Last term, many weeks ago now, we borrowed a book from our local library called 'Tell me a dragon', written by Jackie Morris. This book has inspired many stories over these weeks along with some rather magnificent works of art. It is always interesting, from a teachers perspective, to observe what piques a child’s interest (such as this book), and we are so fortunate as early childhood teachers to take this interest and passion, negotiate with our children what the next steps will be and then watch the learning unfold.
For those that don’t know this book, it is beautifully illustrated with dragons, everyone in the book has their own dragon! The book describes many different varieties of dragons and tells a story in words and beautiful pictures as to why they are so special and enchanting to their owners. The dragons in the book vary from one that is as big as a whole village to another that is so small it can fit behind its owner’s ear.
Something I have written before, but springs to mind again as I write this, is just how important it is as teachers to listen and observe the needs, wants, interests and passions of young children. Instead of us dictating to the children what their learning on dragons would look like, as teachers we were careful to plan for learning with these simple questions in mind - Who is this child right now in front of me, What are their interests and learning intentions and, How as a teacher can I support and facilitate this?
Before we knew it, Mairtown was awash with dragons, with dragon art, and dragon stories. This was deepened even further when one of our children, independently arrived at kindergarten one morning with a clear plan. She wanted to create some more dragon art work (she was now an expert on dragons!) but in a 3-dimensional manner. As teachers, we observed something new unfold at this time; new ideas for creativity, problem solving, role modelling and lots of peer tutoring. Something beautiful happened, the dragons being created started to come alive in the art, and as the children worked on their pieces, over many days, they shared stories about their dragons with one another and their imaginations blossomed.
Art can bring imagination to life and give life to imagination’
It appeared to me that when children went from drawing their dragons flat (in a 2-dimensional manner) to cutting them out, standing them up and placing them on a background they had also created – everything was different - yet special. By different I mean children saw new and exciting possibilities, possibilities they were not even aware of themselves when they began their work. A single tree turned into a forest, a flower into a colourful garden. This visual surprise spoke powerfully to their imagination (Kolbe, 2005).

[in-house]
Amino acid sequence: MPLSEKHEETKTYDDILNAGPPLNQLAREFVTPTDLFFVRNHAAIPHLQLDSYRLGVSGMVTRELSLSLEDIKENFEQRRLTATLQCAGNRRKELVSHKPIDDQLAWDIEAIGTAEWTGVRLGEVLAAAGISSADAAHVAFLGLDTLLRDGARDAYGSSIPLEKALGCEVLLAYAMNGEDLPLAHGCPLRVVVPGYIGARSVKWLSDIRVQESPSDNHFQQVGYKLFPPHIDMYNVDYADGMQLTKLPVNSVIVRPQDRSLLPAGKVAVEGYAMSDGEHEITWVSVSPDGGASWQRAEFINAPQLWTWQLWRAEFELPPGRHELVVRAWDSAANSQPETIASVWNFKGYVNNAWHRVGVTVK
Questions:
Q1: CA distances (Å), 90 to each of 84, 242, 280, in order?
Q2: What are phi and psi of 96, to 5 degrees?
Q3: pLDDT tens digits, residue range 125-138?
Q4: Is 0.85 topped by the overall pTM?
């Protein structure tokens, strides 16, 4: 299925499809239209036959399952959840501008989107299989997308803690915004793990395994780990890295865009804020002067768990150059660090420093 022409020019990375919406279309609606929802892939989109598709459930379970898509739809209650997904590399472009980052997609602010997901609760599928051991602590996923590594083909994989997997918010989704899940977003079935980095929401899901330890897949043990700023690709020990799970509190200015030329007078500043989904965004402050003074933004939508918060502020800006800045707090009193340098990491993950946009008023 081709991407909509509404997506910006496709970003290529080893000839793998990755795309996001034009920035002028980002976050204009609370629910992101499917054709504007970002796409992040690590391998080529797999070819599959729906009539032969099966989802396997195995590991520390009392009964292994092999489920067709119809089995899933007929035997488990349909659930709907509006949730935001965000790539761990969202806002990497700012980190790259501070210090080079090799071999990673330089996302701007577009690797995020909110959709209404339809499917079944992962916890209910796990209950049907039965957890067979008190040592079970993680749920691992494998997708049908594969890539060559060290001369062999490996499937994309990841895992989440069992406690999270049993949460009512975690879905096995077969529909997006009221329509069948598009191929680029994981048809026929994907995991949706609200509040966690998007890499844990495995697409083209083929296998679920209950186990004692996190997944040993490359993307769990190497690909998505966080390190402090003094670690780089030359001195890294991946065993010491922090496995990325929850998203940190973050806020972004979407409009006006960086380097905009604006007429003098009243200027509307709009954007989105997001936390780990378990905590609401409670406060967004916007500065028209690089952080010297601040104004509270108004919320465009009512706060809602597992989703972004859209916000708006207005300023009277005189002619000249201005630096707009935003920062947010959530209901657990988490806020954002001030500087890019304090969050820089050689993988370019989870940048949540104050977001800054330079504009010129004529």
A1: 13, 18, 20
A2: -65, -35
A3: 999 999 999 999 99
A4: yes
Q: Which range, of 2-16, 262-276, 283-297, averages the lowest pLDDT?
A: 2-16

The children spent days and days on their work, re-visiting and altering, adapting and tweaking their dragon habitats. From a purely cognitive learning approach this work was a challenge for many. It takes time to understand that when you enter the world of 3-dimensions you need an adequate base to make things stand up. Many children went even further utilising other resources available to them, creating dragons out of clay and re-found materials.
‘By exploring art, revisiting ideas and providing a range of media, a child’s skill in the arts increases, this in turn extends communication, vocabulary and critical thinking skills.’
(Ann Pelo, 2007)
Of course just like the original book ‘Tell me a dragon’ all the children’s dragons were enchanting and special to them, each with a unique story of their own. Here are just a few to share with you.
Capri ‘My dragon is a girl, her name is Lala. She lives in a house where she plays with cars. She breathes out bunnies. She’s a friendly dragon.’
Evan ‘My dragon is a big dragon; it flies in the sky to visit the zoo. It visits the zoo as it eats elephants and elephants live in the zoo. In fact, it eats lots of animals, lots that live in the zoo!’
Milla ‘This is a fire dragon. He breathes only flowers and lives in his castle. He does it when it’s nearly dinner time as he likes to practice breathing flowers. His name is rainbow.’
Wolfgang ‘He is a happy dragon. He lives in a spiky cave with claws. My dragon flies and jumps and chomps. It eats vegetables, carrots, potatoes, and mushroom. It’s called Kate.’
Now many weeks later, we reach the end of our dragon stories (perhaps just for now). Last week I took a small group of the children who had created their dragon stories to the Whangarei Central Library where they had been on display for a library open day. Any trip is exciting, but the underlying theme of this visit was the empowerment the children received as they saw their work on display, being admired and valued by members of our community. The feedback we have received from the public about their talents and skills is very special indeed. Making public the children’s work and processes behind their pieces also acts as a form of communication to our local community, opening up a public conversation about what we as teachers (and our children) value about children’s learning and of course the importance of creativity and imagination.
In Albert Einstein’s words, ‘I am enough of an artist to draw freely upon my imagination. Imagination is more important than knowledge. Knowledge is limited. Imaginations encircles the world’
Ngā mihi nui,